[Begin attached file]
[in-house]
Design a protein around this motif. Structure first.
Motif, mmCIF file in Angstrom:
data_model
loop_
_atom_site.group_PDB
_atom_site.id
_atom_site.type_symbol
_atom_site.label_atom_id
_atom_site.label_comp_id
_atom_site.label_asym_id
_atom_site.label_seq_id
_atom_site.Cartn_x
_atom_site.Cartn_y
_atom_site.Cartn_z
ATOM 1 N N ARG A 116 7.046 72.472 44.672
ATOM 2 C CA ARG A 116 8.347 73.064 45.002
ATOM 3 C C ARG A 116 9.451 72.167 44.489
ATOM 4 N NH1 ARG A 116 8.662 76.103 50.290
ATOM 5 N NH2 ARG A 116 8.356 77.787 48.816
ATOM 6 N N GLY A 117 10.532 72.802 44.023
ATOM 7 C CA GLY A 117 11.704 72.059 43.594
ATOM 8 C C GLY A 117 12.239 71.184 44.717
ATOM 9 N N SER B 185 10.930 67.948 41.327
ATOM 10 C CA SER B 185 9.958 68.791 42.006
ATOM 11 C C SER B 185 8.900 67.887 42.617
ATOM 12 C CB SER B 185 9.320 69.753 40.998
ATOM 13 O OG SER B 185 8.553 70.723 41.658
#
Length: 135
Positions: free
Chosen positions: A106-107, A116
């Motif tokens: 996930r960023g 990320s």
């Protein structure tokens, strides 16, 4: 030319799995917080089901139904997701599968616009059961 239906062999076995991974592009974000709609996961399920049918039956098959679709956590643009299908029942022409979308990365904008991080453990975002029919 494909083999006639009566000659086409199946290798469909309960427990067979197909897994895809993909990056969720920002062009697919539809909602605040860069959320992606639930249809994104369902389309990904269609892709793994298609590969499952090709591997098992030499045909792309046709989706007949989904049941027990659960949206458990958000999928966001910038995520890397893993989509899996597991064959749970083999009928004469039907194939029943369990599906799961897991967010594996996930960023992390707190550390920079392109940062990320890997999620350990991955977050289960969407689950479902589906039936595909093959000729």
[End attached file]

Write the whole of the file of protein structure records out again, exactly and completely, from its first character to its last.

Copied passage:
[in-house]
Design a protein around this motif. Structure first.
Motif, mmCIF file in Angstrom:
data_model
loop_
_atom_site.group_PDB
_atom_site.id
_atom_site.type_symbol
_atom_site.label_atom_id
_atom_site.label_comp_id
_atom_site.label_asym_id
_atom_site.label_seq_id
_atom_site.Cartn_x
_atom_site.Cartn_y
_atom_site.Cartn_z
ATOM 1 N N ARG A 116 7.046 72.472 44.672
ATOM 2 C CA ARG A 116 8.347 73.064 45.002
ATOM 3 C C ARG A 116 9.451 72.167 44.489
ATOM 4 N NH1 ARG A 116 8.662 76.103 50.290
ATOM 5 N NH2 ARG A 116 8.356 77.787 48.816
ATOM 6 N N GLY A 117 10.532 72.802 44.023
ATOM 7 C CA GLY A 117 11.704 72.059 43.594
ATOM 8 C C GLY A 117 12.239 71.184 44.717
ATOM 9 N N SER B 185 10.930 67.948 41.327
ATOM 10 C CA SER B 185 9.958 68.791 42.006
ATOM 11 C C SER B 185 8.900 67.887 42.617
ATOM 12 C CB SER B 185 9.320 69.753 40.998
ATOM 13 O OG SER B 185 8.553 70.723 41.658
#
Length: 135
Positions: free
Chosen positions: A106-107, A116
């Motif tokens: 996930r960023g 990320s």
């Protein structure tokens, strides 16, 4: 030319799995917080089901139904997701599968616009059961 239906062999076995991974592009974000709609996961399920049918039956098959679709956590643009299908029942022409979308990365904008991080453990975002029919 494909083999006639009566000659086409199946290798469909309960427990067979197909897994895809993909990056969720920002062009697919539809909602605040860069959320992606639930249809994104369902389309990904269609892709793994298609590969499952090709591997098992030499045909792309046709989706007949989904049941027990659960949206458990958000999928966001910038995520890397893993989509899996597991064959749970083999009928004469039907194939029943369990599906799961897991967010594996996930960023992390707190550390920079392109940062990320890997999620350990991955977050289960969407689950479902589906039936595909093959000729």